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October 31, 2008

Matera and its environs

Filed under: Italy Rome-Sicily 2008, Travel — anotherheader @ 11:11 pm

Matera in the morning light
Matera in the morning light

We woke near dawn for a morning stroll and picture taking. Somehow, this would start a trend for the rest of the trip—we’d get up, walk about, comeback for breakfast, think about taking that mid-morning nap that we no longer had time for, and then pack up and head out. I’m not a morning person, but somehow it worked out this way. This morning, at least, we did not need to pack up as we were staying another night. And getting out early this day was made easy when Becky spied a scorpion in the room. We were pretty sure that it was still there when we left. Well, at least as long as it didn’t end up in the luggage.

In the light morning, it was a good time to stroll the Sassi. With the warm light reflecting of the buildings and hills, we wandered without a plan in the still cool air just experiencing what appeared before us. The town was quiet with only the occasional resident feeding the cats or the worker preparing to resume the day’s construction project appearing on the thoroughfares.

Matera panorama
Matera panorama

Matera is a very unique place. It is unlike any other city that we have ever been to. In the Sassi District of Matera, the location of the cobbled roads and alleys was determined by where the caves were built. The caves are everywhere and vary from the refurbished and upscale (like our hotel) to the primitive and abandoned. If you look into a primitive cave, you see well worn rock steps and walk ways that give a sense of what life was like long ago in the town.

Chiesa di Santa Maria d'Idris
Chiesa di Santa Maria d’Idris

The most intriguing sight for me was Chiesa di Santa Maria d’Idris. This church was carved into rock hill with only small sections of stonework to finish the façade and to form parts of the sides of the structure. From the distance, the church appears Dali-esque, with the rock of the hill seemingly melting over the stonework portions of the church. On the inside, the interior is simple and cave-like, with frescos dating from the 12th century on the walls.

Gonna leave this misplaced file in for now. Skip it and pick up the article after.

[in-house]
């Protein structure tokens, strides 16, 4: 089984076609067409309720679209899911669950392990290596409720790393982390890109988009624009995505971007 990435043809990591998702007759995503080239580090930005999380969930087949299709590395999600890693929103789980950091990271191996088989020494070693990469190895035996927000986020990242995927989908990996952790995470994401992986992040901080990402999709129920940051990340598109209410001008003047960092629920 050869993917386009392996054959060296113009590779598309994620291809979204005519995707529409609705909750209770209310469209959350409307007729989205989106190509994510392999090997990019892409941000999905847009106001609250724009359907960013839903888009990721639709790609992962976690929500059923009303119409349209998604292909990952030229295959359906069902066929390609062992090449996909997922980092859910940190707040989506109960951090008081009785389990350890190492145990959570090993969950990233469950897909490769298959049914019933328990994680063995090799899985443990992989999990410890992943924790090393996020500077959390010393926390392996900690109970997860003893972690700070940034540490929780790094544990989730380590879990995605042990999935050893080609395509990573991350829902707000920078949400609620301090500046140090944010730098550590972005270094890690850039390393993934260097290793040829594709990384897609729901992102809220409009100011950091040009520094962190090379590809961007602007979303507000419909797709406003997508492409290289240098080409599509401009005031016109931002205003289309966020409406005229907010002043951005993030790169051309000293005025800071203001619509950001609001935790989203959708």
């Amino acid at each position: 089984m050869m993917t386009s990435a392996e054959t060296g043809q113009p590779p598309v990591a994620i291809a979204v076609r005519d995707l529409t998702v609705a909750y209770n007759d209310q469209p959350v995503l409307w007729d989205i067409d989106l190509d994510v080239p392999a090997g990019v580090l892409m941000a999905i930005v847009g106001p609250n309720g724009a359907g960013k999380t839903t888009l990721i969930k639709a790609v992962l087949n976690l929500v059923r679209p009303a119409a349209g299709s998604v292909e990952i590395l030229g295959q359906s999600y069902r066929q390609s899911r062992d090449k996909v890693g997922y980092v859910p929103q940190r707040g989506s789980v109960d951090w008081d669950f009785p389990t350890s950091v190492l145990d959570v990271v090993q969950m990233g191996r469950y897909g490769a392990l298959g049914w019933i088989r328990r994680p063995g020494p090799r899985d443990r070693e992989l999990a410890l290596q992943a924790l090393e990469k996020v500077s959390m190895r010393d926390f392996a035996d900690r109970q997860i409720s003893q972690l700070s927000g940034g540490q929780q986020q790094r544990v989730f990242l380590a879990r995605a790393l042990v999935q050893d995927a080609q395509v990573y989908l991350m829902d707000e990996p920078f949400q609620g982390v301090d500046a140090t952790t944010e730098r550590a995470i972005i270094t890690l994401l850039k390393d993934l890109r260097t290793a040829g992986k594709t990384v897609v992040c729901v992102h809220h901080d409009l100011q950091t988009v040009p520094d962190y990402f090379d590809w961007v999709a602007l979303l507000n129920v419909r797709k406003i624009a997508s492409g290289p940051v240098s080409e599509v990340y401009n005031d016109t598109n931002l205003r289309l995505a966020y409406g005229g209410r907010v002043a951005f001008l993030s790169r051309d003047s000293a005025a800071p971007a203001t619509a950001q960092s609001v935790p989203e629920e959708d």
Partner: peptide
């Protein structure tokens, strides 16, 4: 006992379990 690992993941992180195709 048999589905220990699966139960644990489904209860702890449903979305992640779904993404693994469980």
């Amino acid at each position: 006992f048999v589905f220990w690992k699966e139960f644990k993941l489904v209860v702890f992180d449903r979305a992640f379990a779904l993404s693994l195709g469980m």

The colors of the Sassi are monochromatic with gray and off-white being the dominant colors. Stone and brick work intertwines with exposed rock outcroppings of nearly the same color. The result is a stark beauty which has been used as a back drop for 36 movies, counting from 1950 to 2007, including Mel Gibson’s “The Last Temptation of Christ.” Matera has a striking and memorable visual appeal.

Chiesa di Santa Maria d'Idris
Chiesa di Santa Maria d’Idris

Everywhere we went there were signs of reconstruction and rehabilitation in progress. In October, during our visit, there were no crowds and the town was quiet. It’s hard to imagine that Matera would be packed with visitors in the heat of the tourist season in July and August. Nonetheless, we’d guess that tourism will grow in the coming years. It’s certainly a place worth a tourist’s visit. The Sassi was not yet overwhelmed with boutiques and tourist shops, like so many places. We just hope that with all the construction, it remains that way.

We traveled to the nearby town of Miglionico to see the Castello del Malconsiglio or the Castle of Bad Advice. Castello del Malconsiglio was named as a result of an ill fated plot that was hatched there in 1481 by a band of rebellious barons. We felt right at home at the Castle of Bad Advice, almost as if we had been there before, frequently. It was our kind of place.

In the back streets of Miglionico, the smells of wine making were in the air. We happened upon a rosy cheeked man wrestling a 100 liter fermentation bottle into a small truck.

“Molto bene,” he said to us, pausing, and continuing, “…Vino.”

He clearly had some extensive first hand knowledge of the wine that they were making, so we had to trust his judgment that it was good.

We also visited the hill town Montescaglioso where we met the Maytag Repairman of tourist office officials. The official spoke minimal English,

The Castle of Bad Advice (Castello del Malconsiglio)
The Castle of Bad Advice (Castello del Malconsiglio)

but gave us every English language pamphlet in the office he could find. We kept trying to leave, but he’d stop us and search and dig further in his piles and cabinets and five minutes later turn up still more English language pamphlets covering far distant attractions to give to us. Eventually, we pried ourselves away. Becky signed the guestbook. The previous entry was made two weeks prior.

Leaving the tourist office schlepping our newly acquired massive collection of all possible Basilicata English language tourist attraction pamphlets, we had a chance to see a bit of the town. Not atypically, the town’s primary attractions were its numerous churches. Our whirlwind tour occurred during the siesta when the streets were quiet and abandoned. The main street in town was interesting with pale colored buildings lining a road constructed of hewn white rock. It would have been interesting backdrop for a colorful festival with the streets full of people.

Back in Matera, we headed out in the chill breeze of the evening for a dinner at Biccanti Ristorante. The restaurant was stylishly constructed in a cave. The food was good, though we preferred our more rustic meal from the prior night.



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